In the access state, if the received signal quality indicator is worse than the predetermined threshold, and less than a threshold number of access probes have been performed, then controller 120 shifts the antenna efficiency toward the Rx frequency. The threshold number of access probes may be three. The shift can be an incremental shift as determined by Table 4, or an Rx optimum shift as determined by Table 3. If the received signal quality indicator is worse than the threshold and the threshold number of access probes has been met, then it may be advantageous for controller 120 to shift the antenna efficiency toward the Tx frequency. However, another check is performed prior to shifting toward the Tx frequency. Controller checks whether the present transmit power is equal to the maximum transmit power. If mobile station 100 is presently transmitting at maximum power, then controller shifts the antenna efficiency toward the transmit frequency. Otherwise, controller 120 does not need to change the antenna efficiency. Mobile station 100 can wait until another access probe is performed. According to TIA/EIA IS-95 or IS-2000, each successive access probe in a series is sent at a greater power than the previous access probe. Thus, it may not be necessary to increase the antenna efficiency in the transmit frequency.
As described above, controller 120 determines a matching circuit setting for matching circuit 104.
For example, if controller 120 calls for an optimum Tx setting, controller 120 retrieves the optimum Tx setting from Table 2, and tunes curve 153, so that peak 162 is positioned at the frequency corresponding to the current Tx channel or group of channels and the current temperature. Advantageously, the antenna efficiency is improved in the current Tx channel when improved Tx efficiency is necessary. In such a case, the Rx antenna efficiency will be degraded, but this occurs at a time when Rx antenna efficiency is not needed. As described above, the optimum Tx matching circuit efficiency is selected only when the reverse link (transmission from the mobile station) is doing poorly and the forward link (reception a the mobile station) is doing well. The reverse link and the forward link are rebalanced at least to some extent. System resources are more optimally utilized.
As described above with respect to Table 3, if the reverse link is doing well and the forward link is doing poorly, an optimum Rx matching circuit setting will be selected from Table 3. Matching circuit 104 is tuned to move peak 162 of curve 153 to the frequency of the current Rx channel or group of channels.
As described above with respect to Table 4, if a shift in matching circuit setting is called for other than an optimum Tx or Rx setting, then a matching circuit setting will be selected from Table 4. Controller 120 keeps track of which bin the matching circuit setting is currently in. Then, when controller 120 calls for a shift based on Table 4, controller 120 looks up the new matching circuit setting in Table 4, based on the current bin, the number of bins to move and the direction (Tx or Rx). For example, if the current matching circuit setting is 0.13 Volts, that is, bin number 2, and Table 1 calls for a shift of 2 bins toward Rx (or Tx) then controller 120 will look up bin 4 (start at bin 2 and add 2 bins for the selected 2 bin shift) and find the matching circuit setting corresponding to bin 4, which in this case is 0.38 Volts. Controller 120 will tune matching circuit 104 by applying 0.38 Volts to matching circuit 104, thereby moving curve 153 two bins toward the Rx frequencies.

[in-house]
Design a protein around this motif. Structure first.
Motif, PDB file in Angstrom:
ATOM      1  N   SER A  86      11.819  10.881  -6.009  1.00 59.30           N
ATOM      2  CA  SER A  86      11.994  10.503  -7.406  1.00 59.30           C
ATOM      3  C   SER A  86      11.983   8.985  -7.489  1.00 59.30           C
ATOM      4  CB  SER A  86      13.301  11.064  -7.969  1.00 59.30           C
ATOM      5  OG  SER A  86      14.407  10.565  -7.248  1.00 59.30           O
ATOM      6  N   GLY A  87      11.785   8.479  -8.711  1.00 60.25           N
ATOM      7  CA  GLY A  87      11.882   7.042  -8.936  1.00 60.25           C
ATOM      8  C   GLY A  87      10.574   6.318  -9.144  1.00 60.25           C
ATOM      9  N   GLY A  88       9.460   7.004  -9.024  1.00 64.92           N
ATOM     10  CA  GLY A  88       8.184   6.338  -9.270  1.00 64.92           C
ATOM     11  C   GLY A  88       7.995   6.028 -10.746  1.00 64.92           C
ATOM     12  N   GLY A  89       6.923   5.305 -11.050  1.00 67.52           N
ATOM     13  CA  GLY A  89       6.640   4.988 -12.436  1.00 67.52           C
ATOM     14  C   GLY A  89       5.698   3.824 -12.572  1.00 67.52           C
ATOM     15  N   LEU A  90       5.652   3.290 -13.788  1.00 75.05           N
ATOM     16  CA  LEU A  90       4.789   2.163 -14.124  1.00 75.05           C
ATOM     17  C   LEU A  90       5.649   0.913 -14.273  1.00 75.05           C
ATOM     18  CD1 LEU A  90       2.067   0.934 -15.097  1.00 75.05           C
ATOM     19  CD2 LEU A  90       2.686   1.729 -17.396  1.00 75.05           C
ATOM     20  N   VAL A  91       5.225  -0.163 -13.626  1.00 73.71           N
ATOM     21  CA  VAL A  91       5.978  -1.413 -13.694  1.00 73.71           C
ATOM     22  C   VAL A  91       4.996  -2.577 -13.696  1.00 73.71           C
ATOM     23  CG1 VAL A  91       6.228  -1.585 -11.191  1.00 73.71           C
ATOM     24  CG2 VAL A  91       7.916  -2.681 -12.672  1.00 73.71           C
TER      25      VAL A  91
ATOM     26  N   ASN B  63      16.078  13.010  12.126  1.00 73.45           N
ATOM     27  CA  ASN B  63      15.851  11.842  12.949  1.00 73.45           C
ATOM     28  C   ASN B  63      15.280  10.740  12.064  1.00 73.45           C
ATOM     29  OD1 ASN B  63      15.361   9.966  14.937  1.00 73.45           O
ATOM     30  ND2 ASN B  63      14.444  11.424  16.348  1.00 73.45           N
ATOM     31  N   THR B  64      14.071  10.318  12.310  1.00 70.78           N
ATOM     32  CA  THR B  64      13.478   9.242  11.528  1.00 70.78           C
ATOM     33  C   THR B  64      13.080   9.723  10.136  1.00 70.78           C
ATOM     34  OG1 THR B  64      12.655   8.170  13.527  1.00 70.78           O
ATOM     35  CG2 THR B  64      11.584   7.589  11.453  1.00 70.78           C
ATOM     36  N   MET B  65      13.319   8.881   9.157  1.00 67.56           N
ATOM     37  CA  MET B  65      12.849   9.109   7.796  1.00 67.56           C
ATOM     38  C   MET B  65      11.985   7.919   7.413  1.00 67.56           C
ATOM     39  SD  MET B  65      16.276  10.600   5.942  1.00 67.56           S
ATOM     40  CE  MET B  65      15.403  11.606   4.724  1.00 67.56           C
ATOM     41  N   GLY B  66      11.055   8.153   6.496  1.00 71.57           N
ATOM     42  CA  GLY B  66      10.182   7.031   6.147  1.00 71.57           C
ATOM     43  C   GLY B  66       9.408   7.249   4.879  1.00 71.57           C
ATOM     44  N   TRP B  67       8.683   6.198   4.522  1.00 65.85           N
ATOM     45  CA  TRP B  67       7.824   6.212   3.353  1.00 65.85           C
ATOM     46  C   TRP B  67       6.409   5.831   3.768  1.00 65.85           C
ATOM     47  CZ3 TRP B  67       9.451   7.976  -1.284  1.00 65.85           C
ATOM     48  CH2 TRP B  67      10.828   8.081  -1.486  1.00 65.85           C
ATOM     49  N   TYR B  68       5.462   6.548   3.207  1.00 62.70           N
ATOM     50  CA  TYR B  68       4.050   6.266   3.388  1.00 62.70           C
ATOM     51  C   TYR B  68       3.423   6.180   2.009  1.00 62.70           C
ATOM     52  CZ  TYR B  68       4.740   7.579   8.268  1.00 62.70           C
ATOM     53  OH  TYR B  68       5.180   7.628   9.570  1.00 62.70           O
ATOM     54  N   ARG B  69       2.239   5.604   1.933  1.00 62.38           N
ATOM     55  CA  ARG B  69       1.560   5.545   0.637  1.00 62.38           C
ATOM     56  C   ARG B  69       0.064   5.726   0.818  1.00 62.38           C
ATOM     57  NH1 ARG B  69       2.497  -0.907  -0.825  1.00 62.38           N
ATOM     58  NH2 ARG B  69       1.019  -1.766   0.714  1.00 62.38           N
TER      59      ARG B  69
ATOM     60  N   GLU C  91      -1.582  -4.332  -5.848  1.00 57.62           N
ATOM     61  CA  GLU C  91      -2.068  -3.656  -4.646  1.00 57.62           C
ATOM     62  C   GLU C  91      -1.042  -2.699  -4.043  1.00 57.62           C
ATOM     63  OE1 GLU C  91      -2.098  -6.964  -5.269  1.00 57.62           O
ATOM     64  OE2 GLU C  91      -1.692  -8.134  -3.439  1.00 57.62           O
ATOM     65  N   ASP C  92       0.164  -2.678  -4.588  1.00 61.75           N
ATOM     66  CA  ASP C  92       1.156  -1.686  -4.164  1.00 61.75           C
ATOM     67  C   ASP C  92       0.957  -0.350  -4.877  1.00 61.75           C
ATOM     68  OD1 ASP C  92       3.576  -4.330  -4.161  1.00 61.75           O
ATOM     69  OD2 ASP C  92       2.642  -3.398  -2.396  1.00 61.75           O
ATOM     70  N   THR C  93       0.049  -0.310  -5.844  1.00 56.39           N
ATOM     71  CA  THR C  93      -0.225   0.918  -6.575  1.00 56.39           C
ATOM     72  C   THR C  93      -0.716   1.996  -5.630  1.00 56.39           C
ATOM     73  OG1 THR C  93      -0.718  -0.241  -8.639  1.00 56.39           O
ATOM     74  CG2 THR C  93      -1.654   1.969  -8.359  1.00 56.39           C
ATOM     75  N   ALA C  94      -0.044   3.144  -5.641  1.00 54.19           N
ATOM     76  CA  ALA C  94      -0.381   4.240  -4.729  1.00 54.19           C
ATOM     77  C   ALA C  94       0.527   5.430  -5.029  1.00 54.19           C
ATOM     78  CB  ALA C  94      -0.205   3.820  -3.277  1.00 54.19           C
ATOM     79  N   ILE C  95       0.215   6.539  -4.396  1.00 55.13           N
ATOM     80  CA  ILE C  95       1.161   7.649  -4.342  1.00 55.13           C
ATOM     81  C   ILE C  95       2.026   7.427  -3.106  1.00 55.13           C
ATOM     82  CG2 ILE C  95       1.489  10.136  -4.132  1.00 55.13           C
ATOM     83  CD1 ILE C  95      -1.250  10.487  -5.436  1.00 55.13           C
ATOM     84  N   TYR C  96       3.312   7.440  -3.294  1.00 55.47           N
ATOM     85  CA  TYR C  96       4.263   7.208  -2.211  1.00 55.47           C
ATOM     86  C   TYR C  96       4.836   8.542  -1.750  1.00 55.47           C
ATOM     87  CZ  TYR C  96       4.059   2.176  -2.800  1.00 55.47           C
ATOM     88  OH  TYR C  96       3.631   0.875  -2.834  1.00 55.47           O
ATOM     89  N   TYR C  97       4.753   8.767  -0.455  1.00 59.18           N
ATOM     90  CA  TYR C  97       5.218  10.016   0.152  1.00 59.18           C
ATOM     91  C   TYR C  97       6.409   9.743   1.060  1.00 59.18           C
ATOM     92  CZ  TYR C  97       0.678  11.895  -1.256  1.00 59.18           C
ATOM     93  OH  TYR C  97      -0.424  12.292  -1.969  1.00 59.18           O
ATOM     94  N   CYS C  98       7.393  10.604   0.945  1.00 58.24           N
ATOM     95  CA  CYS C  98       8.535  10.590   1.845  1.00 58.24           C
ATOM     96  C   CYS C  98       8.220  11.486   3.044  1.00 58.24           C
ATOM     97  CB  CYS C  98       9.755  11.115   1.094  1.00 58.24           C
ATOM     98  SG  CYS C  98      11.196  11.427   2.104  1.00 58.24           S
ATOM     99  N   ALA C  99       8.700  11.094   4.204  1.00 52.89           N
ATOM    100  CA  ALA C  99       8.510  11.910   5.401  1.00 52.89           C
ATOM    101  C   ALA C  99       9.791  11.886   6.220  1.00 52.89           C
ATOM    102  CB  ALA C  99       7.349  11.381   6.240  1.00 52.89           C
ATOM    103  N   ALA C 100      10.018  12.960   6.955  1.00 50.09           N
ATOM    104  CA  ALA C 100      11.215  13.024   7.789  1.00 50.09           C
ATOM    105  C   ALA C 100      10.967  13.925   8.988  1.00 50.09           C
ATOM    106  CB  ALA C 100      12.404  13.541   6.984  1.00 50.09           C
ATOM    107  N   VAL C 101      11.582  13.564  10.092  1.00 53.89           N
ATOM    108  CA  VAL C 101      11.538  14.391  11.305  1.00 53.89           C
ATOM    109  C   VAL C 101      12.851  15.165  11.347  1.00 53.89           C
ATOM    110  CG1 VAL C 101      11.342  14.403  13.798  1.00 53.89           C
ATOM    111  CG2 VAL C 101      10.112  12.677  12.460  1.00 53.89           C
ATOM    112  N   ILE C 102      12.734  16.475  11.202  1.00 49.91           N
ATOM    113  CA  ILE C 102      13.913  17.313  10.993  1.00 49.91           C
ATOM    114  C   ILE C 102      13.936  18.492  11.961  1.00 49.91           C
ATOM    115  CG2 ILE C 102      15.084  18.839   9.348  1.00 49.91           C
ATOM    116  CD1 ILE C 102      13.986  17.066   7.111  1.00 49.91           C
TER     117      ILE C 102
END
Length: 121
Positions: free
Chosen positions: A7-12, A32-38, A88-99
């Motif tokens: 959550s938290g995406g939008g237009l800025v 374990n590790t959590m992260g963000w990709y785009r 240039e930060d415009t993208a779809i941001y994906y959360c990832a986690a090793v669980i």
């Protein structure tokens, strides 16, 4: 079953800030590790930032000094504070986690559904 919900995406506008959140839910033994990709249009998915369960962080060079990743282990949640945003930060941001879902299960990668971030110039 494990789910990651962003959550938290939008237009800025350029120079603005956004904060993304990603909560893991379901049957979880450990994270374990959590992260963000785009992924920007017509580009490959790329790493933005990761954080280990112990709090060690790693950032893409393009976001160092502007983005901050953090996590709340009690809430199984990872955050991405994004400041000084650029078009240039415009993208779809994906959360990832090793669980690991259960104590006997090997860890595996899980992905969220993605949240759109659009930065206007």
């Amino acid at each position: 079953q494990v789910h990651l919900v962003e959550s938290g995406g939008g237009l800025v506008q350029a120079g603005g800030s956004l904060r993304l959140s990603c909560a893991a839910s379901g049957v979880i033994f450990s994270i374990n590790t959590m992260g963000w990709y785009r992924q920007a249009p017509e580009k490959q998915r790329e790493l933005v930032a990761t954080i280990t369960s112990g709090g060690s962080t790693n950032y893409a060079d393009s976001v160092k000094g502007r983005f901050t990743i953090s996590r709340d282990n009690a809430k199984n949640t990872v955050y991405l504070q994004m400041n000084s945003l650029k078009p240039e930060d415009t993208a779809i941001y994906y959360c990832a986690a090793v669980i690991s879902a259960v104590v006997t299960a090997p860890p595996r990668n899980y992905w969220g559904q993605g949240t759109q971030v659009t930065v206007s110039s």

In decision step 180, the mobile station determines whether a first received signal quality indicator, MER, is less than a threshold, such as one percent. If not, then the mobile station determines whether the number of access probes, shown as ACCPROBE in decision step 185, is less than a threshold, such as three. In idle state, the number of access probes is zero, so the answer to decision step 185 is always yes in idle state. In access state, the number of access probes may be any integer value from zero to a maximum value, such as five.
If the number of access probes is below the threshold in step 185, then the antenna efficiency is shifted toward Rx frequency, as shown in step 190. Advantageously, the quality of the forward link is improved, thereby improving the efficiency of network resource use. If not, then the present power level is compared to the maximum power, in decision step 195. If the present power level is equal to or greater than the maximum power, then the antenna efficiency is shifted toward the Tx frequency, in step 200. Advantageously, this permits some connections to be made that would not otherwise be possible. For example, at the edge of coverage, a customer may be able to make a call that otherwise would not go through. But if the present power is less than the maximum power, the antenna efficiency does not need to be shifted.
Returning to the discussion of step 180, if MER is less than one percent, then the next step is decision step 210, in which it is determined whether the RSSI is less than −85 dBm. If not, then the next step is step 185, which was discussed above. In other words, if either MER or RSSI is worse than a predetermined threshold, then the method continues at step 185.
But if the RSSI is less than −85 dBm, then the next step is decision step 215, in which it is determined whether the number of access probes is less than a predetermined threshold, such as three. Step 215 is similar to step 185, except that at step 215, it has been determined that the received signal quality indicators, MER and RSSI, are better than their respective predetermined thresholds. Thus, there is not need to either shift the antenna efficiency toward Rx frequencies or check whether the present power is equal to or greater than the maximum power. Instead, if the access probe number threshold has been met, the antenna efficiency is shifted toward the Tx frequencies, in step 200. If not, then the method returns to step 180.